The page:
Did you miss these sessions? Replays are available at PleinAirLive.com!
Highlights from Day 1 of Plein Air Live
On our official Day 1 of Plein Air Live, we welcomed more first-time attendees and seasoned pros who returned for their third year of this unforgettable event.
Today’s sessions included John Cosby, Daniela Astone, T. Allen Lawson, Nancie King Mertz, Anna Rose Bain, and Roger Dale Brown, all hosted by Eric Rhoads and Kelly Kane.
We’d like to thank our wonderful sponsors for supporting this event, and for sharing exclusive bonus sessions with us as well! Special thanks today go to Blick Art Materials (featuring Joe Gyurcsak), the Laguna Plein Air Painters Association, Savoir-Faire (featuring Keiko Tanabe), and Golden Art Materials.
Using a photo reference and a 6 x 8 value study, John Cosby walked us how to simplify what’s before you to create a larger, 12 x 16-inch painting in oil.
Interesting side note: At 18 John was chosen as an Advance Man for the Executive Branch of the US Government, where he served under two Presidents and traveled the world.
Daniela Astone grew up in Italy, studying art as a teenager and moving to Florence to study illustration, and later drawing and painting from life at The Florence Academy of Art under the direction of Daniel Graves. In her Plein Air Live demo, she explained how she paints a landscape that includes a tree in the foreground with a house and more greenery in the background.
We enjoyed an educational presention from T. (Tim) Allen Lawson on how to make your paintings stronger, the major differences between a painting and a work of art, and much more.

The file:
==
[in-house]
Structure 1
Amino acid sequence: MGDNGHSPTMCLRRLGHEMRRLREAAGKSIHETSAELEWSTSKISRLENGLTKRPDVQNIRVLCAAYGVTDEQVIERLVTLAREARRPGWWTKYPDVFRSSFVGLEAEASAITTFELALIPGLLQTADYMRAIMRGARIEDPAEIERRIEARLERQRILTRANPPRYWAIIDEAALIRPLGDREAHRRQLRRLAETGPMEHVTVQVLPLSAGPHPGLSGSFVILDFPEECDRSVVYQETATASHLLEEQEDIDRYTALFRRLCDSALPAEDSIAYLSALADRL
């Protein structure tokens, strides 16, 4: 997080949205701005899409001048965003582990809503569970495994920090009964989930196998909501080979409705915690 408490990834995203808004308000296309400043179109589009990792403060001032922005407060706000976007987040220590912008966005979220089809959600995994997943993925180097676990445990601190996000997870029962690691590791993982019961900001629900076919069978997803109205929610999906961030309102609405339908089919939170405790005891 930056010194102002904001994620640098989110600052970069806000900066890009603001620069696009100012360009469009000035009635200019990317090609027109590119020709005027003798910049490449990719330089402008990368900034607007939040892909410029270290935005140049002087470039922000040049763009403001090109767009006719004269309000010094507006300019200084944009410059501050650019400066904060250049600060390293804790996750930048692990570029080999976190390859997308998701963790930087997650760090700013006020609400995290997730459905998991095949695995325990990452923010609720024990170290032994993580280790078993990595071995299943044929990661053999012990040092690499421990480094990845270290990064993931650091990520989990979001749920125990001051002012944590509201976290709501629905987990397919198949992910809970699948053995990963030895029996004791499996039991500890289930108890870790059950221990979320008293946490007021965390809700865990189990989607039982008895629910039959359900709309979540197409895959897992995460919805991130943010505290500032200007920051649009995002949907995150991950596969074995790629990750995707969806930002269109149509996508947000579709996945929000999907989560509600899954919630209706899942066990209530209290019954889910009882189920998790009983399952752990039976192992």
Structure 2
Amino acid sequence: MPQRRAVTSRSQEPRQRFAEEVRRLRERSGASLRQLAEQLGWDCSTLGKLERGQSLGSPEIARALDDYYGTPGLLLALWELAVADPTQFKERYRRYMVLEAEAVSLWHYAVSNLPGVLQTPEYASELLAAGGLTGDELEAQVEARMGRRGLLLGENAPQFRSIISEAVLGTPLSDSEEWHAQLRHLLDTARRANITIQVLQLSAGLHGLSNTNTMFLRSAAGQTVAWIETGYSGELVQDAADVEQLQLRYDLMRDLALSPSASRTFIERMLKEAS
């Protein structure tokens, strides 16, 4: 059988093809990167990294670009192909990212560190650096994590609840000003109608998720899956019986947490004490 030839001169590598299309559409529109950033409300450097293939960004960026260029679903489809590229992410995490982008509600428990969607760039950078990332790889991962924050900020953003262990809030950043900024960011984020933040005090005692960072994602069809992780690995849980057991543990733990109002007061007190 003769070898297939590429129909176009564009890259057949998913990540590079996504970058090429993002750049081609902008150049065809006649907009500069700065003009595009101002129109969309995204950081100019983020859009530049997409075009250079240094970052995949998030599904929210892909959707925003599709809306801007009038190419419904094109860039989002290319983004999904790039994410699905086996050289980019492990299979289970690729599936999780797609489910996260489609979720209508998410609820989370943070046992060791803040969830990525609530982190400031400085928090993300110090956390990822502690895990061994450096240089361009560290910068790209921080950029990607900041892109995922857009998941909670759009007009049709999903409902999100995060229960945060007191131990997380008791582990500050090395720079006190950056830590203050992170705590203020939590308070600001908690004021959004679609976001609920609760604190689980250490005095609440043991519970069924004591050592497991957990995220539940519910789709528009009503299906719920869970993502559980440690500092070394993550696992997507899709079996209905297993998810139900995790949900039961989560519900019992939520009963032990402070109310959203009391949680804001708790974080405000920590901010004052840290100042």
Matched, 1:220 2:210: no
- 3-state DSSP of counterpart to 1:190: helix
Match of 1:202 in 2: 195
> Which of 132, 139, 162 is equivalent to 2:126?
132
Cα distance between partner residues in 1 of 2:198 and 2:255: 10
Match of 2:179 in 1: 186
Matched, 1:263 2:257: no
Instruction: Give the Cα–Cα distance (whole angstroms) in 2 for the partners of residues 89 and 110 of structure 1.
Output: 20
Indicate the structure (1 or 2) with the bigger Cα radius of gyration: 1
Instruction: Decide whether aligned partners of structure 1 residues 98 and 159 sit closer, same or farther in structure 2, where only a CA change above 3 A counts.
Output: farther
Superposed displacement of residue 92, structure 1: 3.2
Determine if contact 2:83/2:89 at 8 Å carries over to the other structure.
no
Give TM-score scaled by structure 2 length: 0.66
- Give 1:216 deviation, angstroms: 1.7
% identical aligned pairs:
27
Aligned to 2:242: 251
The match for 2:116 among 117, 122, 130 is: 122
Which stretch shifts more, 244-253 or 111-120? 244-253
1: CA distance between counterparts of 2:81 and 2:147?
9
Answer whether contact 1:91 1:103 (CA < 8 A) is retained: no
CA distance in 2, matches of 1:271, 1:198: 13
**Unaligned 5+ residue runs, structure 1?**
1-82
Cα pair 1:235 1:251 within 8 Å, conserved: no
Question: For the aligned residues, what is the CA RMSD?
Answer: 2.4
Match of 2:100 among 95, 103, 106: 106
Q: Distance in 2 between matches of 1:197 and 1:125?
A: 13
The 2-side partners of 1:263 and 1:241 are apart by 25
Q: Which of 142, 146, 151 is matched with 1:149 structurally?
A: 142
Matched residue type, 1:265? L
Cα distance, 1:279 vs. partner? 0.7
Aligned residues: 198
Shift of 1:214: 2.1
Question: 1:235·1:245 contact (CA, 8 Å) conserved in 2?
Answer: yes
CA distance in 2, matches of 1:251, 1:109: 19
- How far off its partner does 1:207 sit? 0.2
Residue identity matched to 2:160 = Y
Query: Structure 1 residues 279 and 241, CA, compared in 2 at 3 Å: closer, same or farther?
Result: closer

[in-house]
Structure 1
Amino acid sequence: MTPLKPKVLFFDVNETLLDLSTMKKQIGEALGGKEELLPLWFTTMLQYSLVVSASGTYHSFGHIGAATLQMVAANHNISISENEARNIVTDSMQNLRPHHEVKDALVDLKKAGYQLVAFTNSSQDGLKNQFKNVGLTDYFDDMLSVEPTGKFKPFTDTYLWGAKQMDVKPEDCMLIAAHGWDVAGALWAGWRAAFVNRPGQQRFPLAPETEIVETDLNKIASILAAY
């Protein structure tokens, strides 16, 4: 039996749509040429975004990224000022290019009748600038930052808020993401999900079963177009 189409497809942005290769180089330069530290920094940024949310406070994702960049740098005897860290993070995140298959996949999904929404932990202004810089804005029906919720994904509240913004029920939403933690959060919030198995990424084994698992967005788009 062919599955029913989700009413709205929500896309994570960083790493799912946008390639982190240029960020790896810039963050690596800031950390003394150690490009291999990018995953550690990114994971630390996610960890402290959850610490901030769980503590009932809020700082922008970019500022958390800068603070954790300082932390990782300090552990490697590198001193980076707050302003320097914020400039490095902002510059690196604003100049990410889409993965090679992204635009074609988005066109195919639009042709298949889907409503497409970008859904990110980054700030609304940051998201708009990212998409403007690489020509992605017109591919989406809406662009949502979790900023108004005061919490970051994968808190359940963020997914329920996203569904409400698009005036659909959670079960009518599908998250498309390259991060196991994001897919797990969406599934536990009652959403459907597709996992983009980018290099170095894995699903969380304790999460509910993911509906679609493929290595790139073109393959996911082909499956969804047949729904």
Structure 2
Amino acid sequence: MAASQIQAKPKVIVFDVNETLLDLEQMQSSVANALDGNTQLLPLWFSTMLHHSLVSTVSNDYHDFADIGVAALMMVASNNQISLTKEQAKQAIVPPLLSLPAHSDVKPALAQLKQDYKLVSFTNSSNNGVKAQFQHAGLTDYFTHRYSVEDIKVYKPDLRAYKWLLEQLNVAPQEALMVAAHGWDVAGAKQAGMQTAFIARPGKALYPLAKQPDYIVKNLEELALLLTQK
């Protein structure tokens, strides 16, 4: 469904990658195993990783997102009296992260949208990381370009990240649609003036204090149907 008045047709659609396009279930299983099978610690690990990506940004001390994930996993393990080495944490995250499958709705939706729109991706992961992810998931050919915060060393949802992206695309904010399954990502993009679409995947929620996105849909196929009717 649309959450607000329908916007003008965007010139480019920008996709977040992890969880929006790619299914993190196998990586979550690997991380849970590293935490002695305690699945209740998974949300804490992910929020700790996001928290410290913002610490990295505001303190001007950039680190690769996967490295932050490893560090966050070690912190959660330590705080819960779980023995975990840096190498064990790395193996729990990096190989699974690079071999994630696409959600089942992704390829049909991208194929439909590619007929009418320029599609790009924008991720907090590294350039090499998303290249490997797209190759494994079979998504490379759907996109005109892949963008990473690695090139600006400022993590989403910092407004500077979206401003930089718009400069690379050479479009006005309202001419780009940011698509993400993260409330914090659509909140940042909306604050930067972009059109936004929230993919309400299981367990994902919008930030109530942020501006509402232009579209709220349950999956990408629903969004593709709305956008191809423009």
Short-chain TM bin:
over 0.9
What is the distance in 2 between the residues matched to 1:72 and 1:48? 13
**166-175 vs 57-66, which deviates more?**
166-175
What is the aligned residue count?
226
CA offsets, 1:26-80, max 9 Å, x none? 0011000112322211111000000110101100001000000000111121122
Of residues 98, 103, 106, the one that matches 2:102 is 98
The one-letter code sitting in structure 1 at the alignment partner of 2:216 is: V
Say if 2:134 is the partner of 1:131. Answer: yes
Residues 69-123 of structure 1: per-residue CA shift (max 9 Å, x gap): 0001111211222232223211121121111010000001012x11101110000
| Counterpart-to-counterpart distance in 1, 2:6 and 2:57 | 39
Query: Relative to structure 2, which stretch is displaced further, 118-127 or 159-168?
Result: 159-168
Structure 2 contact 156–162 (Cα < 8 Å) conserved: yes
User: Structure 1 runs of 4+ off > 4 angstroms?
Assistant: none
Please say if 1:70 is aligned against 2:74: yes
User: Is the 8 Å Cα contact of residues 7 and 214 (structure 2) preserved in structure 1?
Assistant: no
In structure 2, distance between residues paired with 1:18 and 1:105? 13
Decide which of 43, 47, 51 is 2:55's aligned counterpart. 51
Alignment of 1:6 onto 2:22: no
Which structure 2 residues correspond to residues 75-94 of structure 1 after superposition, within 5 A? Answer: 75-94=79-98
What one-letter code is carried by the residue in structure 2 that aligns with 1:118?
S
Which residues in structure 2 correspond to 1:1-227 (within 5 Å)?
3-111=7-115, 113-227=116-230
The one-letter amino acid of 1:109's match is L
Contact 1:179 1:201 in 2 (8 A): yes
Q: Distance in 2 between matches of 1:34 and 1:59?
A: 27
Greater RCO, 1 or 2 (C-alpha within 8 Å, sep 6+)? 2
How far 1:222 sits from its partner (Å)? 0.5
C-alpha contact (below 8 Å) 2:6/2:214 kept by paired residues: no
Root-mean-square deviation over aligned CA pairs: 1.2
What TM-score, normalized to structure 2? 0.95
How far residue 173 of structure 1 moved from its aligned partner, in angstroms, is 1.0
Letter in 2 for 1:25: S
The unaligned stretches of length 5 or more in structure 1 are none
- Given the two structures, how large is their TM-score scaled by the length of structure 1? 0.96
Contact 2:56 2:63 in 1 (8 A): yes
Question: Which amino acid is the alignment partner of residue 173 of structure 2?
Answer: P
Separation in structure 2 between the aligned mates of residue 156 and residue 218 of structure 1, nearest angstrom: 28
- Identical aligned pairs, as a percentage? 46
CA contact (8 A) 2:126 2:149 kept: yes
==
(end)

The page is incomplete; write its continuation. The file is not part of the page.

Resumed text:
Known for her incredible Chicago paintings, Nancie King Mertz shared her advice for painting a building by integrating the windows in a way that works, without painting every single window that’s there in reality.
As a professional artist and a mother, Anna Rose Bain knows how to make the most of precious time. Anna demonstrated a studio painting that was based on a 20-minute color study she did of her son while on a beach vacation. She inspired us with the reminder that you can incorporate your art into everyday life, and even include your children or grandchildren in your painting practice.
Eric introduced Roger Dale Brown as “a passionate observer of every aspect of nature, and that’s something you can see very clearly in his paintings.” And that we did – Roger painted a landscape scene of the Greenbrier River in West Virginia.
Two of his points included:
– The key to a great painting is being economical with your brush strokes.
– You don’t have to use a color just because you mixed it.
Highlights from Day 2 of Plein Air Live
Every event we host includes surprises and memorable moments and this week has been no different, including when we had a special visit from one of our Plein Air community friends!
And, of course, we want to thank today’s special presentation sponsors: Laguna Plein Air Painters Association; Savoir-Faire (featuring Richard Lindenberg), Blick Art Materials (featuring Jed Dorsey), and Royal Talens North America (featuring Tim Horn).
Here’s a recap of what we saw and learned on Day 2:
Plein air isn’t about going outdoors and “nailing” a painting for many, including Anne Blair Brown. In her “Plein Air to Studio” demo, Anne shared her preliminary process – a five-minute step that she says greatly increases the success of her paintings; and much more.
Dave Santillanes said he relies on his 20 years of plein air painting experience to be able to now paint from a photo reference when his life as a father gets busy. “I’ve always worked with photos,” he said, “but plein air painting has allowed me to reanalyze photos in terms of plein air concepts.”
Painting from a beach with boats in the foreground and background, Jacob Dhein explained his process for toning the background, sketching the initial design, and more.
Coming to us en plein air from a foggy boat dock in California, Ryan Jensen used an old canvas with an underpainting to “just dive in” and create a work. In addition to technique, he also included motivation, reminding us that when it comes to painting en plein air, the only mistake is to not start.